Imaging modes of atomic force microscopy for application in molecular and cell biology

Journal name:
Nature Nanotechnology
Year published:
Published online


Atomic force microscopy (AFM) is a powerful, multifunctional imaging platform that allows biological samples, from single molecules to living cells, to be visualized and manipulated. Soon after the instrument was invented, it was recognized that in order to maximize the opportunities of AFM imaging in biology, various technological developments would be required to address certain limitations of the method. This has led to the creation of a range of new imaging modes, which continue to push the capabilities of the technique today. Here, we review the basic principles, advantages and limitations of the most common AFM bioimaging modes, including the popular contact and dynamic modes, as well as recently developed modes such as multiparametric, molecular recognition, multifrequency and high-speed imaging. For each of these modes, we discuss recent experiments that highlight their unique capabilities.

At a glance


  1. Timeline of key inventions, starting from the birth of AFM in 1986 to the latest AFM imaging modes in molecular and cell biology.
    Figure 1: Timeline of key inventions, starting from the birth of AFM in 1986 to the latest AFM imaging modes in molecular and cell biology.

    Key inventions developed over the years include: an optical detection system and fluid cell enabling contact mode AFM to operate in aqueous solution (Bio-AFM); dynamic mode AFM (DM-AFM), which oscillates the AFM tip to reduce friction while contouring the biological sample; force–distance curve-based AFM (FD-AFM), which contours the surface of a biological system while recording pixel-by-pixel a full force–distance curve; multiparametric AFM (MP-AFM), which contours the sample while mapping multiple physical or chemical properties; molecular recognition AFM (MR-AFM), which images and maps specific interactions of biological samples; multifrequency AFM (MF-AFM), which contours the sample while oscillating the cantilever tip at multiple frequencies, thus mapping various physical parameters; correlating advanced optical imaging and AFM (Opto-AFM) for the imaging of complex biological systems; high-speed AFM (HS-AFM), which speeds up the image acquisition time by a factor of ~1,000, providing access to dynamic processes in biology. Most modes cross-fertilized each other, ultimately leading to combinatorial AFM. Images adapted from: Bio-AFM, ref. 28, Macmillan Publishers Ltd; DM-AFM, ref. 45, American Chemical Society; FD-AFM, ref. 76, Wiley; MP-AFM, ref. 78, Elsevier; MR-AFM, ref. 9, Cell Press; MF-AFM, ref. 46, Macmillan Publishers Ltd; Opto-AFM, ref. 145, The Company of Biologists; HS-AFM, ref. 122, Macmillan Publishers Ltd.

  2. AFM-based imaging of native biological systems to molecular resolution.
    Figure 2: AFM-based imaging of native biological systems to molecular resolution.

    a, Basic principles of contact (left) and dynamic (right) AFM imaging modes. In contact mode, the cantilever deflection is kept constant (constant force) by adjusting the relative height between tip and sample. A topographic height change alters the cantilever deflection, which a feedback loop corrects by adjusting the tip–sample distance. The dynamic mode oscillates the cantilever close to or at resonance frequency. Height changes alter the cantilever oscillation, which is used to adjust the tip–sample distance. be, Contact mode AFM topographs. b, Cyclic nucleotide-regulated potassium channels (MlotiK1) reconstituted into lipid membranes. c,d, Rows of densely packed rhodopsin dimers distributed in the native disc membrane extracted from rod outer segments of the eye. e, Image of a living SAOS-A2 cell bundling and pulling collagen fibrils coating a substrate. To maximize contrast, the exemplified image shows the deflection of the cantilever, which changes while contouring the sample. f–h, Dynamic mode AFM topographs. f, An IgG antibody absorbed to mica and visualized with frequency modulation mode. g, Single brome mosaic viruses packed in a crystalline assembly. h, Circular plasmid DNA imaged in buffer solution by frequency modulation AFM. Red and blue arrows indicate major and minor grooves of the DNA, respectively. Panels adapted from: b, ref. 148, PNAS; c,d, ref. 30, Macmillan Publishers Ltd; e, ref. 147, Elsevier; f, ref. 46, Macmillan Publishers Ltd; g, ref. 146, Elsevier; h, ref. 45, American Chemical Society.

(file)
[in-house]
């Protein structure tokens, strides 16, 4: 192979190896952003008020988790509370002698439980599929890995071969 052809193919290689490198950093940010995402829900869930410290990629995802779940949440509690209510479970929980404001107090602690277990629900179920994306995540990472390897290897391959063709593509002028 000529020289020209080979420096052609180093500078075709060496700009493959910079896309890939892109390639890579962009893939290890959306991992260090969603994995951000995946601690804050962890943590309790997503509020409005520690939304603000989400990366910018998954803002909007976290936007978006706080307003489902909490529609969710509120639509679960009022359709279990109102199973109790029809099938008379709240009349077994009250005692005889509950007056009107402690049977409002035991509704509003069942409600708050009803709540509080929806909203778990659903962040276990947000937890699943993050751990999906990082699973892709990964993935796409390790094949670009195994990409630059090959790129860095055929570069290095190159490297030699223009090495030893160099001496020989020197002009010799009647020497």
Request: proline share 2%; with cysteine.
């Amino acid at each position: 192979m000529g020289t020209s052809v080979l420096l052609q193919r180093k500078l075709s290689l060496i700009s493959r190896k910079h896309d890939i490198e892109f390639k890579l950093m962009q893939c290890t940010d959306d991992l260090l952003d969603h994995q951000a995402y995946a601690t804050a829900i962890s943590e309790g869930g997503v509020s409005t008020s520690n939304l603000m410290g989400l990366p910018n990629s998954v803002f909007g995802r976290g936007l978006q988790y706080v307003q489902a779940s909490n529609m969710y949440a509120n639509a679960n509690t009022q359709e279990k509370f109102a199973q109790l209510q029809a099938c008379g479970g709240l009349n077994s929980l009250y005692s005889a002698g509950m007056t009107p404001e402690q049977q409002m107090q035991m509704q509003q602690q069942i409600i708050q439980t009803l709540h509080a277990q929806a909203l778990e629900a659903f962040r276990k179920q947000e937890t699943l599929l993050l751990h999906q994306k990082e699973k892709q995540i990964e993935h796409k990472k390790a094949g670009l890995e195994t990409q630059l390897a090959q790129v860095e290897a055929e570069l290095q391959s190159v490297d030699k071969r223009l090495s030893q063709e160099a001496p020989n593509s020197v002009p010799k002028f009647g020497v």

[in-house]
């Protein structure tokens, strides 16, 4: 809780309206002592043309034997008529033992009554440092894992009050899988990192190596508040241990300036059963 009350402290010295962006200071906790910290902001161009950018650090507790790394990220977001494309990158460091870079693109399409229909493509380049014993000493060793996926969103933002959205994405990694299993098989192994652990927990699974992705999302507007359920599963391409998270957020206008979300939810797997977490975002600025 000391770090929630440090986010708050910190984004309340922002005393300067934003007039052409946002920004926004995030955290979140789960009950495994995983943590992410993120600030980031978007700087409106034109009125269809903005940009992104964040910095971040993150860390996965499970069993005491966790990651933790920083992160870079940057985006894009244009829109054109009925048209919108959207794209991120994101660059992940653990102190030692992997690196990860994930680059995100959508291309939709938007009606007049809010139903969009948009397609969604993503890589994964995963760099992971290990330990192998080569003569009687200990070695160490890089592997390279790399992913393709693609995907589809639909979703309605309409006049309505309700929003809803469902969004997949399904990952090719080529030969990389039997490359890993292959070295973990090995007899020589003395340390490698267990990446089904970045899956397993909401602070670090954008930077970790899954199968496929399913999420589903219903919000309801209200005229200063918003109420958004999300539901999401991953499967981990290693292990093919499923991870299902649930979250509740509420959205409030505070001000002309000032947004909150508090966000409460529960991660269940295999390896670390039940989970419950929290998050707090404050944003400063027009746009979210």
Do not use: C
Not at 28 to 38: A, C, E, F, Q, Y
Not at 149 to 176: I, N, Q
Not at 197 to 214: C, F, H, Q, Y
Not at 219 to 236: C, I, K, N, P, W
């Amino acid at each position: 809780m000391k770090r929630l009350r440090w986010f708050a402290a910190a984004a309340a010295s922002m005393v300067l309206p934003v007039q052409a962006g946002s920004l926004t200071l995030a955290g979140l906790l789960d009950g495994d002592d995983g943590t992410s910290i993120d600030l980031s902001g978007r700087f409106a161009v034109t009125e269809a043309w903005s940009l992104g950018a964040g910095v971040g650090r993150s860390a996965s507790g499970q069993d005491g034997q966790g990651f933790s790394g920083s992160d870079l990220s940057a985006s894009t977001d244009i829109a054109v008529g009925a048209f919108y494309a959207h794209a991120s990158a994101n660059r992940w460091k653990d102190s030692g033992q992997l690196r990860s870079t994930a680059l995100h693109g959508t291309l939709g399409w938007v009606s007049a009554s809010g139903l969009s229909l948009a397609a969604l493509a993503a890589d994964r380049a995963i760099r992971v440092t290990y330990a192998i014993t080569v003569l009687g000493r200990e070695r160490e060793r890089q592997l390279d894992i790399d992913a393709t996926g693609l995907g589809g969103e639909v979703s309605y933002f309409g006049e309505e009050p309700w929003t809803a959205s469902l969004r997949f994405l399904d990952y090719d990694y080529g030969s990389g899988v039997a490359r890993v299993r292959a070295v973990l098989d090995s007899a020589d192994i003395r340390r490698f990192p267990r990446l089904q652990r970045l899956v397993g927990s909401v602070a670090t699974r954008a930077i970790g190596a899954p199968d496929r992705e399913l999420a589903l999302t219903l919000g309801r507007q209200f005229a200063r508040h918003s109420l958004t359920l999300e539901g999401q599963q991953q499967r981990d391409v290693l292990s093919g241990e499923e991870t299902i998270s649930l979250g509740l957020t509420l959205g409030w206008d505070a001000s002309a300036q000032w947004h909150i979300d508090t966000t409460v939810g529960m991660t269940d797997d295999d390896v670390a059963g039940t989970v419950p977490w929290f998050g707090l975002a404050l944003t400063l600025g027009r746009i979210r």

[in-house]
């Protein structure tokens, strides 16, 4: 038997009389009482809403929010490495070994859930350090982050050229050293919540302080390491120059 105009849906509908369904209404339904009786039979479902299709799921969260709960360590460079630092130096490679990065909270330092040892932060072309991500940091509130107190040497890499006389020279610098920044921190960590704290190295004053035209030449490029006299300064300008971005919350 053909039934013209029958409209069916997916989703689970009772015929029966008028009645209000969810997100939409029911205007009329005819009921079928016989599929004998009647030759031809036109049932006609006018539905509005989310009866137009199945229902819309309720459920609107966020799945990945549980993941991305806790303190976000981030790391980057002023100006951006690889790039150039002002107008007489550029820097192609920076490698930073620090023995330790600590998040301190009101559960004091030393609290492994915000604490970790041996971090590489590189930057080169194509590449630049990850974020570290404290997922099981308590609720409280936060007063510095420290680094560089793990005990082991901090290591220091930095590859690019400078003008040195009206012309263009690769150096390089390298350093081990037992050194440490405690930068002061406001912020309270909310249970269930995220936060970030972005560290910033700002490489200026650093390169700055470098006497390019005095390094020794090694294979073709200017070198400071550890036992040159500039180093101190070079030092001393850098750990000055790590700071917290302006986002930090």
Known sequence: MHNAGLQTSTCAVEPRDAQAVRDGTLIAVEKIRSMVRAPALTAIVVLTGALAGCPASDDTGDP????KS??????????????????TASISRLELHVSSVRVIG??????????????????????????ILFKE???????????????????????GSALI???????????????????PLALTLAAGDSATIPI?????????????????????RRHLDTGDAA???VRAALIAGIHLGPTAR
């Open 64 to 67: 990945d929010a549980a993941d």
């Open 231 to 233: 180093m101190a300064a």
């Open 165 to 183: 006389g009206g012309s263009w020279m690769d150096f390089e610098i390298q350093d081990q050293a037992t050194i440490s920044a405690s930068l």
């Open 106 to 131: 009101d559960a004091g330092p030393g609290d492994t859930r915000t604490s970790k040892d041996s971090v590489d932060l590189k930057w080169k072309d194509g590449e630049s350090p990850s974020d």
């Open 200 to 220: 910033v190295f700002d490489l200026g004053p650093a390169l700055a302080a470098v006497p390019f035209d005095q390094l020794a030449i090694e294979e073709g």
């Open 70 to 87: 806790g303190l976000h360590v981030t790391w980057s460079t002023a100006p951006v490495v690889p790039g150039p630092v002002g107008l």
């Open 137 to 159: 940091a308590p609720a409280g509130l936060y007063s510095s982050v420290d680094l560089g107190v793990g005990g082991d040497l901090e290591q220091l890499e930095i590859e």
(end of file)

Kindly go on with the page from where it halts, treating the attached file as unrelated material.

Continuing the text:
3. Force-distance curve-based AFM.
    Figure 3: Force–distance curve-based AFM.

    a, Principle of recording force–distance (FD) curves by approaching (blue) and withdrawing (red) the AFM tip from the sample. The tip of the cantilever is initially away from the sample (1) to which it is brought into contact (2). During retraction (3) of the AFM tip, adhesive events may occur at different distances due to nonspecific (4) or specific (5) interactions between tip and sample. b, FD-based AFM imaging records pixel-by-pixel FD curves while contouring the sample topography. The indentation force Fi is controlled and parameters extracted include the tip–sample adhesion force Fadh, or elastic and electrostatic properties (by fitting the curve). Parameters can be displayed as coloured maps and correlated to the topography. c, Example of multiparametric FD-based AFM imaging of the elasticity and adhesion of two dividing Staphylococcus aureus cells. d, AFM force error (top) and elasticity (bottom) maps of living HaCaT keratinocytes. e, Topography (left, brown coloured) and stiffness map (top right) of nuclear pore complexes from the cytoplasmic surface. The graph (bottom right) shows the stiffness as a function of tip–sample separation recorded close to the centre of the cytoplasmic ring. Grey dots represent data points and the red curve is the average. Blue and black dashed lines are fits to the data using indentation models for spherical and conical tips, respectively. f, Top left: topograph of human protease activated receptors 1 (PAR1) in proteoliposomes recorded with a SFLLRN-ligand functionalized tip. Bottom left: overlay of topograph (grey) and adhesive interactions (red) localizes individual receptors binding the ligand. The circles numbered 1–4 indicate regions at which FD curves 1–4 were taken. Top right: FD curves exemplifying unspecific adhesion events (1 and 2) and specific ligand-receptor unbinding events (3 and 4) showing the stretching of the linker tethering the ligand to the AFM tip. Bottom right: free energy landscape of the ligand binding to PAR1 extracted from measuring the rupture force of the ligand-receptor bond at different loading rates. xu describes the distance of the bound to the transition state and ΔGbu is the binding free energy. Panels adapted from: c, ref. 79, PNAS; f, ref. 99, Macmillan Publishers Ltd. Panels reproduced from: d, ref. 78, Elsevier; e, ref. 149, Macmillan Publishers Ltd.